Reparations conversations have traditionally centered the losses of real property, educational opportunity, health inequity, or mass incarceration. This Essay is the first to insist that a budget for reparations include the value of patents that were denied to African-Americans for inventions that propelled the United States to the top of the global economy. Additionally, this Essay makes an important advancement in intellectual property scholarship, which has rarely considered racial disparities among intellectual property awardees. Part I explains how enslavement, Black Codes, and violence obstructed African-Americans' access to patents and related economic opportunities. Part II juxtaposes African-Americans' contributions in large-scale industries alongside their compensation and access to legal defenses. Finally, Part III highlights the multigenerational, financial consequences of underrepresentation in the patent system and outlines a possible reparations approach.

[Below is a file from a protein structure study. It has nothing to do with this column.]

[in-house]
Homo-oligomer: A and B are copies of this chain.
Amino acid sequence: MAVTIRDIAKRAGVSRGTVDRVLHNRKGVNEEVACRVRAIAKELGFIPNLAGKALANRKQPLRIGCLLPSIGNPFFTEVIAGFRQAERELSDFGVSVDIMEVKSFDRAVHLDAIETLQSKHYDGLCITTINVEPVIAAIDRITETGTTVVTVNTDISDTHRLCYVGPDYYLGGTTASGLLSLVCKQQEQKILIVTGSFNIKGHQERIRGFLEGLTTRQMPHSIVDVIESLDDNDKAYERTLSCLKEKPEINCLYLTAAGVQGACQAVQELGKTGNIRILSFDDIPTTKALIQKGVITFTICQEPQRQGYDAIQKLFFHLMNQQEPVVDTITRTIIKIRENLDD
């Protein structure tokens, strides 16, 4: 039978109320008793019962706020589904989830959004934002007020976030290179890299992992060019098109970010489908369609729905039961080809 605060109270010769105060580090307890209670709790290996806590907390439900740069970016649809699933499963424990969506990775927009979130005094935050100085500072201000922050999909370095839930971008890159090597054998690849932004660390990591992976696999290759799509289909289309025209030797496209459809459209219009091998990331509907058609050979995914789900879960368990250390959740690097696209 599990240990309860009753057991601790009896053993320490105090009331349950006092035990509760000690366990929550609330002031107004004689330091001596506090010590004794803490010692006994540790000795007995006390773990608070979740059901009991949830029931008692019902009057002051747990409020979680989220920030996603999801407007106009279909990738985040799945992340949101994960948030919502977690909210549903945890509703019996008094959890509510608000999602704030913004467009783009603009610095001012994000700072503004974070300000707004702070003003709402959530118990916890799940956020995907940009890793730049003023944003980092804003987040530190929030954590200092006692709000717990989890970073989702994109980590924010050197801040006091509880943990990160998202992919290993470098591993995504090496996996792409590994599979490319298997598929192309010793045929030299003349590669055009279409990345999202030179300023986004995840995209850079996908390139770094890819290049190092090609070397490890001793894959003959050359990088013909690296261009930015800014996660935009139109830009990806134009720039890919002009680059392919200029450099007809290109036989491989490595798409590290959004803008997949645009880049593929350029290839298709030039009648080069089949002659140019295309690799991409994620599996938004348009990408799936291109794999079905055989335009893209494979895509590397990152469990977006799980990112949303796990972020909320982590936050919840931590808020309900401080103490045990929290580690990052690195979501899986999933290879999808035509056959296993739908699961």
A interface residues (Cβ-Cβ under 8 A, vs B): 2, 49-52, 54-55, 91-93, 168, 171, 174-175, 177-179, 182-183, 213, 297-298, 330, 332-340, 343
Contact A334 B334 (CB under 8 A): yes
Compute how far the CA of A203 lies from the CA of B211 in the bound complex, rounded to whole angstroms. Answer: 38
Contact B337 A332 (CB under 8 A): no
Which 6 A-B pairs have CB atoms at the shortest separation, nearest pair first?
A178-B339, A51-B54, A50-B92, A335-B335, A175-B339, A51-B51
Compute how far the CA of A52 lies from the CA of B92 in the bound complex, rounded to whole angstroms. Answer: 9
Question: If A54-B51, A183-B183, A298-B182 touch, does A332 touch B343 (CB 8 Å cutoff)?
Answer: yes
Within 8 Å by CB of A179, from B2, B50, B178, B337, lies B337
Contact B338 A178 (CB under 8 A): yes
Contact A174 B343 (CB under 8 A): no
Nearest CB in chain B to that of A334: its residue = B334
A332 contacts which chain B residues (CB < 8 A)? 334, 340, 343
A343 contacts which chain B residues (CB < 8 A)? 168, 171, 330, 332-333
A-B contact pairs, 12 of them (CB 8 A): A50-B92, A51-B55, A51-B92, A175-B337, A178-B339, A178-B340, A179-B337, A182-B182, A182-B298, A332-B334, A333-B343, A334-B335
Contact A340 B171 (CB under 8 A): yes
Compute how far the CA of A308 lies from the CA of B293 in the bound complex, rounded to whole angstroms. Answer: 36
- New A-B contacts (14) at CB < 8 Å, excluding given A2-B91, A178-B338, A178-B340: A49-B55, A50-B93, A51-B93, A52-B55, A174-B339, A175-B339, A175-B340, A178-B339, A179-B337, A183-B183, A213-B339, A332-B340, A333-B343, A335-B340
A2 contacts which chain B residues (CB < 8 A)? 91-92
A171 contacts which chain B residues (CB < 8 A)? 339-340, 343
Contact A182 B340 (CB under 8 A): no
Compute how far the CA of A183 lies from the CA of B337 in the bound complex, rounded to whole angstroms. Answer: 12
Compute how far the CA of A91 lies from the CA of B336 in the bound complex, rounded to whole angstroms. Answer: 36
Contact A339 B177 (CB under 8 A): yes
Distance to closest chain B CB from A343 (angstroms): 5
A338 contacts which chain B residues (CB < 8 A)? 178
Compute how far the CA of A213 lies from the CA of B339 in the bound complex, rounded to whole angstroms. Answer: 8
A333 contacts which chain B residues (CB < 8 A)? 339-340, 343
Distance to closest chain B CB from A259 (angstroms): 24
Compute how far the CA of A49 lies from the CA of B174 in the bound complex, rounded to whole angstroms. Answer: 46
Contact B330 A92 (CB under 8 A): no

[. . .]

In 1794, Eli Whitney noted the formidable inventive contributions of Black people in America, and he did not hesitate to capitalize on the revolutionary cotton gin. In 1857, Ned's slaver saw similar value in Ned's cotton scraper. The value of African-American innovation is present today as it was in 1794 and 1857, but so is the harm from the Transatlantic Slave Trade. The United States must pay reparations to African-Americans that meaningfully acknowledge the Transatlantic Slave Trade as a human rights violation and correct persistent gaps between white and African-American innovation, income, and economic mobility. A thoughtful reparations package will include cash payments to African-Americans and multigenerational programming that increases exposure to inventive activity, balances their economic opportunities, and restores their inventive contributions to the nation.

Olivia Constance Bethea L'21 is a recent graduate of the University of Pennsylvania Carey Law School. She is currently an associate at a law firm in New York.